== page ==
Through our Connect2 project, parishes in England and Wales have been following and supporting the Mauá community.   Although the community have fought off eviction orders in the past, unless there is strong political will to protect the rights of the families, they will be made homeless.  They have

 

 

been served with a fresh eviction notice now which is saying that on 21 November, they will be evicted and made homeless.   No contingency plan has been offered by the local authorities in Sao Paulo.  They are prepared to see some 200 families made homeless and all the original owner to stake a claim in this building, even though they let it go to rack and ruin for 17 years and it is the Maua community that put in all their resources and skills to renovate this building so that it was  habitable.     Where are these families going to go?  What is going to happen to them?  They have been living their lives in this building for 10 years!

 

The eviction notice came as a shock to the residents as negotiations with the authorities had been going well.

 

The Mauá community have appealed to the Catholic community in England and Wales to stand by them in their struggle. Neti de Araújo, a community leader with the Mauá residents who in the past visited and met with CAFOD supporters, sent us this message:

“We are going through some really tough times; our rights are being violated. We in the Mauá community have spent 10 years living in this building which we have cleaned, looked after and made into a home for 237 families. For years, we have been negotiating for the acquisition of this building for social housing with an affordable rent.  Now we are at risk of eviction. We have not been offered an alternative. We will have to leave our homes and live in the street. I am counting on you and your prayers.”

We are using the hashtag: #ficamaua let them stay.  Please join with us in showing your support to this community.  Show solidarity with the Mauá community by taking a picture of yourself holding a sign saying #ficamaua to share on Twitter with @CAFOD or Facebook.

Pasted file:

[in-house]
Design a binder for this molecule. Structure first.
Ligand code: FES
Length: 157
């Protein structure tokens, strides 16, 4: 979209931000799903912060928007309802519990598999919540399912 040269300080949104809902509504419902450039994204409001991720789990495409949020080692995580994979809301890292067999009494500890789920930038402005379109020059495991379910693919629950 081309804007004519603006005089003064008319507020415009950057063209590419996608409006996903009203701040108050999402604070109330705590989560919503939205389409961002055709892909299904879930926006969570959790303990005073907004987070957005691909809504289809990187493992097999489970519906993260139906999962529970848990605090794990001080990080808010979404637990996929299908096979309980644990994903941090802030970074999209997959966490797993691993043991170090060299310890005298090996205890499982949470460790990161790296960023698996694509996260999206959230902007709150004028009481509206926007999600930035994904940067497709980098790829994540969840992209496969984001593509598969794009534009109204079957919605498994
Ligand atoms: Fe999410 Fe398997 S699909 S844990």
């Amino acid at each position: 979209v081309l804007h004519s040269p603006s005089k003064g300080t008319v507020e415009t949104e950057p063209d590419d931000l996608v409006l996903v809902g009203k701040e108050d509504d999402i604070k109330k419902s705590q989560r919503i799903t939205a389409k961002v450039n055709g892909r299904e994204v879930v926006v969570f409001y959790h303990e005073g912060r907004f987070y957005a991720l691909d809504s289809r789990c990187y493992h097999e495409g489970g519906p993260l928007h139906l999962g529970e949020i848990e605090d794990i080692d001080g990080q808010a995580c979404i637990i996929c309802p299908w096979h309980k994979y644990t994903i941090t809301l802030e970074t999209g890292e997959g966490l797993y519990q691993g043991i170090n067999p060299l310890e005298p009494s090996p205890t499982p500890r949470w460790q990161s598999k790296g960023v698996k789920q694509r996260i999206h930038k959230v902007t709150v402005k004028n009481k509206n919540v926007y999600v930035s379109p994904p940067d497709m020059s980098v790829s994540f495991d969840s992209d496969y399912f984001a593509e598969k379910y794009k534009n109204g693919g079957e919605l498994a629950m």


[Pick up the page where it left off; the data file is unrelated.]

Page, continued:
No one deserves for their houses to be taken from them after this time.  You can add your name to the petition to stop this eviction here.  Help us reach 2000 signatures (only 150 to go at the time of writing).  Please will you also share this petition on social media with your friends and family and, if you would like to share it within your parish, there is a petition you can print out here.

Share the Journey and follow Pope Francis’ call to support refugees

Jenny Seymour is a schools volunteer for CAFOD Hallam and delivers workshops and assemblies to primary school children across the diocese

POPE GENERAL AUDIENCE

Pope Francis asks us all to share the journey

I was really excited when I read the headlines last week: “Pope Francis launches new CARITAS migration campaign.”  Doesn’t sound intriguing or particularly exciting as a headline, but for me it means that the work I am doing within primary schools in my diocese is so current and consistent with the Catholic social teaching and global social justice. It means that the children who take part in our refugee pilgrimage and “share the journey” with refugees will feel as though they’re taking part in something much bigger.  Hopefully, by hearing their parents and grandparents recognising this journey (after seeing Pope Francis’ empassioned plea) and the importance of walking alongside these poor people who have found the need to embark upon potentially treacherous journeys for a better and safer way of life, they will learn compassion towards them as well.

Share Journey

The schools team at CAFOD have been delivering the refugee pilgrimage, based upon the story of the boat that sunk off the coast of Lampedusa, for over a year now.    As soon as the children complete their journey, we ask them to write a message of hope that are then either passed onto refugees or are offered up in a mass for refugees.

These messages have been absolutely inspiring for me and I hope that by following Pope Francis’ call to share the journey many adults will also feel as inspired to help those of God’s people less fortunate than ourselves to find a safe place to live and work.  After all, this world is our common home and each and every one of us should have the same rights to share in it and live life to the fullest.

If you work in a school and want your pupils to take part in our pilgrimage, please contact your schools volunteer or Jeremy at the CAFOD Hallam office (see details at the bottom of this blog).